As Microsoft releases its flagship desktop operating system--Windows XP--to manufacturing, it's probably a good time to reflect on the industry trends that led to the development of Windows XP and the lessons that Microsoft has learned from the Beta 2 feedback. In this showcase, we?ll examine the final release of Windows XP and what you can expect if you're one of the millions of people who will soon begin using this product.

"The PC has evolved," said John Frederikson, the General Manager of the PC Experience at Microsoft, at a recent Windows XP event held in New York. "We want the Windows PC to be more ubiquitous than the telephone or television. We want it to be a better communications tool than the telephone, with richer features, and a better entertainment tool than TV." Getting there will require the underlying operating system to take advantage of new hardware and technology as soon as possible. For this reason, Microsoft has been developing yearly consumer Windows releases for the past half decade.

Looking over the current computing climate, some trends emerge. Broadband adoption will double over the next two years. Digital media--photographs, music, and video--is currently one of the most popular but frustrating tasks that PC users work with every day. And many people, especially teenagers, have replaced phone conversations with instant messaging. According to Microsoft, over 60 percent of teenagers in the United States are using some sort of IM tool.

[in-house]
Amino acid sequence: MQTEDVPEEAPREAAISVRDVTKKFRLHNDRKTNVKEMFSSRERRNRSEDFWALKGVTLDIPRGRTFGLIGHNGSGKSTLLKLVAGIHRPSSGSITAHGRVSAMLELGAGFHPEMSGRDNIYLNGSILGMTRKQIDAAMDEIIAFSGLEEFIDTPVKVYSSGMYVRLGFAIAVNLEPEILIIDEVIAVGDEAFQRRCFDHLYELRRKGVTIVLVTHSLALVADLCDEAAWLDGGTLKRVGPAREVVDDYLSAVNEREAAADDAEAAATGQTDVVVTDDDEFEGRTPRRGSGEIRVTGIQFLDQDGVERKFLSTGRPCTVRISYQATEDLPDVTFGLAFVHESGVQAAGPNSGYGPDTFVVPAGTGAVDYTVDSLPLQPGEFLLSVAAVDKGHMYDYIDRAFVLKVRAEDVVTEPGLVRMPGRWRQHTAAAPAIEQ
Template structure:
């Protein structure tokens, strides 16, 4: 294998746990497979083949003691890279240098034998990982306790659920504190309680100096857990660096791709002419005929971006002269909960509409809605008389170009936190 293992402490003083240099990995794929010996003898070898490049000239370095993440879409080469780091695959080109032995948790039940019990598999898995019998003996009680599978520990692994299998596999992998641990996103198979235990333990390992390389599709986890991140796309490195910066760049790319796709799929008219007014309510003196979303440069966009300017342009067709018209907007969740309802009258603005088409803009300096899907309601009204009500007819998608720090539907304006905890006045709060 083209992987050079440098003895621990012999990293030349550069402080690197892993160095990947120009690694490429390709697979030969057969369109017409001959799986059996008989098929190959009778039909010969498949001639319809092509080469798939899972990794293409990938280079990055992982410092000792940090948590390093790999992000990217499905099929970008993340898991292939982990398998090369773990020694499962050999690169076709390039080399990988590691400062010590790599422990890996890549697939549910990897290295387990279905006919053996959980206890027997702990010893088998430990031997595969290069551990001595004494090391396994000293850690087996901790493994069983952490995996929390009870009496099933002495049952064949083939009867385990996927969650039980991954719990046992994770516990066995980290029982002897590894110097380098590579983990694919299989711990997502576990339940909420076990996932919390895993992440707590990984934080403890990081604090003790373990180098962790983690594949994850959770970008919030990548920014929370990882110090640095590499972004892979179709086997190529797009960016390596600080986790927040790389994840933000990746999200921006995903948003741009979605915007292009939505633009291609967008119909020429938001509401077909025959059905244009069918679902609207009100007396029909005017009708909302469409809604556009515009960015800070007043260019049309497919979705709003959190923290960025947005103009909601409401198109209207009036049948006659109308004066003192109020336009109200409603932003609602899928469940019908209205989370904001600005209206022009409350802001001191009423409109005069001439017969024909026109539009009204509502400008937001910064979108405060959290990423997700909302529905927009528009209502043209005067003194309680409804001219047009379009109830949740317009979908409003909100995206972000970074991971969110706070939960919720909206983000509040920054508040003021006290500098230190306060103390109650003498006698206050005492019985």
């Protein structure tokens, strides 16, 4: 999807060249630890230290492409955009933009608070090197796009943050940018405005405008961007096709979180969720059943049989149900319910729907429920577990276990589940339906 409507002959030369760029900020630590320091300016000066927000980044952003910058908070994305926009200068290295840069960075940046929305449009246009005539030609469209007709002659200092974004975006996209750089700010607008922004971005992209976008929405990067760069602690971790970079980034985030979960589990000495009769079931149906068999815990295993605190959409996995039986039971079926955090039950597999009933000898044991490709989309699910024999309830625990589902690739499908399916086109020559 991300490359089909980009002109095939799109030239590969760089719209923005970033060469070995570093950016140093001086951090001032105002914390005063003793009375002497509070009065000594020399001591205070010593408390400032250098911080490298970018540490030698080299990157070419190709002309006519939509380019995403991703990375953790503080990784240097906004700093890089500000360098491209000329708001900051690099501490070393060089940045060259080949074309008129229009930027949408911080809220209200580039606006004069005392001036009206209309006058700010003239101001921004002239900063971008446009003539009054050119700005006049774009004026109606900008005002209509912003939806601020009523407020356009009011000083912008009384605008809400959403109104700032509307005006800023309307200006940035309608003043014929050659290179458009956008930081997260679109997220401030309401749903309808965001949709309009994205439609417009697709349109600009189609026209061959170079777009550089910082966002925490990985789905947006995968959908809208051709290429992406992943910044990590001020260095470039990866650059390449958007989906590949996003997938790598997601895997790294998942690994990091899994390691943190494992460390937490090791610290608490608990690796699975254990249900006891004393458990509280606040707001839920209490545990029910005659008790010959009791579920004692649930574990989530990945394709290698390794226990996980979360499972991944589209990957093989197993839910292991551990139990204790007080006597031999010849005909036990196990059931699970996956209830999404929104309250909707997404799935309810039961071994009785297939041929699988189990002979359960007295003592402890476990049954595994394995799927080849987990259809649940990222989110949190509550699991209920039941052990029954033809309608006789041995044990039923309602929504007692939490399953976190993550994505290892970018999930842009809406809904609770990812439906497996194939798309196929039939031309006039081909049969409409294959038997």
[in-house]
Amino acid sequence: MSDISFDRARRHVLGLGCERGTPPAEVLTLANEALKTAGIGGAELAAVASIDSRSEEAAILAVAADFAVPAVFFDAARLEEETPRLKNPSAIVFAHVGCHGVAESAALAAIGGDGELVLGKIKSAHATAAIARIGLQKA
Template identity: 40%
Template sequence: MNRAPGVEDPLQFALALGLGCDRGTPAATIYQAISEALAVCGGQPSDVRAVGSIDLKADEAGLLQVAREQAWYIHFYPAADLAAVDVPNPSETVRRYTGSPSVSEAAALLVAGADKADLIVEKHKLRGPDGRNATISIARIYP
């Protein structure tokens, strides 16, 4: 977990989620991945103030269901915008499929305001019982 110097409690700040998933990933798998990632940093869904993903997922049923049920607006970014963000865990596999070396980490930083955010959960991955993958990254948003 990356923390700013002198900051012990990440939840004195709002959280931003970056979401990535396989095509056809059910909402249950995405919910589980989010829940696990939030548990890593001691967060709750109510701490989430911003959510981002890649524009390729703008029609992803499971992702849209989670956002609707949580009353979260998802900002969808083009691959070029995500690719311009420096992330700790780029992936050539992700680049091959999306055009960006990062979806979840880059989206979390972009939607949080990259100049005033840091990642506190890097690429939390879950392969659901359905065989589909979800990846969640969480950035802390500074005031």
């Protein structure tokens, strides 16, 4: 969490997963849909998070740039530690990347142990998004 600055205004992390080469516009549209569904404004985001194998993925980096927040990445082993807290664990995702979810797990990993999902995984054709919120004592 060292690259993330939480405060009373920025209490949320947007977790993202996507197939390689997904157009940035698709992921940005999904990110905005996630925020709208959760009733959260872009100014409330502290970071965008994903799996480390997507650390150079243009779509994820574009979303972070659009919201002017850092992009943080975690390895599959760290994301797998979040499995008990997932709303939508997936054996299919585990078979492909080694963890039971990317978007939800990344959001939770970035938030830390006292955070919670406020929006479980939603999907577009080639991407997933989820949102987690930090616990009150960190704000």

In the home, the PC is king. Most people no longer replace PCs but keep the older one in use as a second system. Home networking--especially wireless networking--is exploding as people begin to see the benefits of untethered Internet access. In fact, wireless is huge at both the home and at work, with "hotspot" wireless networking--in airports and airplanes, coffee shops, corporate campuses, and the like--leading the way.

So Microsoft took all this into account as they developed Windows XP. But user feedback was also key to understanding what it was that people wanted from their PCs. "People found Windows to be too complex," Frederikson said. "They would lose data. They didn't like cluttered desktops, preferring to use the desktop for family photos. Most people don't want to delete anything because they're afraid that it will be something important. On Windows 98 PCs, no one was using user profiles because it wasn't discoverable and then wasn?t easy to setup for if anyone did find it."